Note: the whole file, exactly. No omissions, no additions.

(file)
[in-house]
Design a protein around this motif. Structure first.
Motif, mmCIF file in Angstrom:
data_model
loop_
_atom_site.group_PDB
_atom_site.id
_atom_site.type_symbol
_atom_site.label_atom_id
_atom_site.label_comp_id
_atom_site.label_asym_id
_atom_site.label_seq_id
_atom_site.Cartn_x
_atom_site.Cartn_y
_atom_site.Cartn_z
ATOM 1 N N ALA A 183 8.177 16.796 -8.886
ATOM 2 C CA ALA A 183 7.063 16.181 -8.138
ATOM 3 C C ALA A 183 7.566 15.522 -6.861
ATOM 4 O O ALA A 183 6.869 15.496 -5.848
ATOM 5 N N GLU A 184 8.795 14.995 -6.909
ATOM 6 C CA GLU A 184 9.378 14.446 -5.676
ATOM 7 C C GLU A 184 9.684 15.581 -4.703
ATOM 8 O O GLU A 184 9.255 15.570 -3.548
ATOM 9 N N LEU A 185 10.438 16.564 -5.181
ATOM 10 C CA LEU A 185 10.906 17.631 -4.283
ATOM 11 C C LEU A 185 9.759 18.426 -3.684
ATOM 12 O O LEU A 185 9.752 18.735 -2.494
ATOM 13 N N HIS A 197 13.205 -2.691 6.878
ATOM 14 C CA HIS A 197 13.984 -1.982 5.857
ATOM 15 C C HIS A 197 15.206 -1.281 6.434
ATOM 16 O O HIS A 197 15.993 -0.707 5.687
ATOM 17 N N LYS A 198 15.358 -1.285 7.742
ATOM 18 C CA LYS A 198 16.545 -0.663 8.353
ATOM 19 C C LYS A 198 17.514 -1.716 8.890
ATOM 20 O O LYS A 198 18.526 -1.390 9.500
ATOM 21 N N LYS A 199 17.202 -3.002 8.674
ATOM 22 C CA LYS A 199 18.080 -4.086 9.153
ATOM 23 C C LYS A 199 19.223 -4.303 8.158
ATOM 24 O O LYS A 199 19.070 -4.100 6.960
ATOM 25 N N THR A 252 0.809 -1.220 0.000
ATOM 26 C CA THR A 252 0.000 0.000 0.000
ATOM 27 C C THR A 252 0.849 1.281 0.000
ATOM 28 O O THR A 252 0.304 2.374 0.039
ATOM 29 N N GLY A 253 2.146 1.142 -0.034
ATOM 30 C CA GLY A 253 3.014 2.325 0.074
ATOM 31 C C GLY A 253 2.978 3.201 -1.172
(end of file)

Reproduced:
[in-house]
Design a protein around this motif. Structure first.
Motif, mmCIF file in Angstrom:
data_model
loop_
_atom_site.group_PDB
_atom_site.id
_atom_site.type_symbol
_atom_site.label_atom_id
_atom_site.label_comp_id
_atom_site.label_asym_id
_atom_site.label_seq_id
_atom_site.Cartn_x
_atom_site.Cartn_y
_atom_site.Cartn_z
ATOM 1 N N ALA A 183 8.177 16.796 -8.886
ATOM 2 C CA ALA A 183 7.063 16.181 -8.138
ATOM 3 C C ALA A 183 7.566 15.522 -6.861
ATOM 4 O O ALA A 183 6.869 15.496 -5.848
ATOM 5 N N GLU A 184 8.795 14.995 -6.909
ATOM 6 C CA GLU A 184 9.378 14.446 -5.676
ATOM 7 C C GLU A 184 9.684 15.581 -4.703
ATOM 8 O O GLU A 184 9.255 15.570 -3.548
ATOM 9 N N LEU A 185 10.438 16.564 -5.181
ATOM 10 C CA LEU A 185 10.906 17.631 -4.283
ATOM 11 C C LEU A 185 9.759 18.426 -3.684
ATOM 12 O O LEU A 185 9.752 18.735 -2.494
ATOM 13 N N HIS A 197 13.205 -2.691 6.878
ATOM 14 C CA HIS A 197 13.984 -1.982 5.857
ATOM 15 C C HIS A 197 15.206 -1.281 6.434
ATOM 16 O O HIS A 197 15.993 -0.707 5.687
ATOM 17 N N LYS A 198 15.358 -1.285 7.742
ATOM 18 C CA LYS A 198 16.545 -0.663 8.353
ATOM 19 C C LYS A 198 17.514 -1.716 8.890
ATOM 20 O O LYS A 198 18.526 -1.390 9.500
ATOM 21 N N LYS A 199 17.202 -3.002 8.674
ATOM 22 C CA LYS A 199 18.080 -4.086 9.153
ATOM 23 C C LYS A 199 19.223 -4.303 8.158
ATOM 24 O O LYS A 199 19.070 -4.100 6.960
ATOM 25 N N THR A 252 0.809 -1.220 0.000
ATOM 26 C CA THR A 252 0.000 0.000 0.000
ATOM 27 C C THR A 252 0.849 1.281 0.000
ATOM 28 O O THR A 252 0.304 2.374 0.039
ATOM 29 N N GLY A 253 2.146 1.142 -0.034
ATOM 30 C CA GLY A 253 3.014 2.325 0.074
ATOM 31 C C GLY A 253 2.978 3.201 -1.172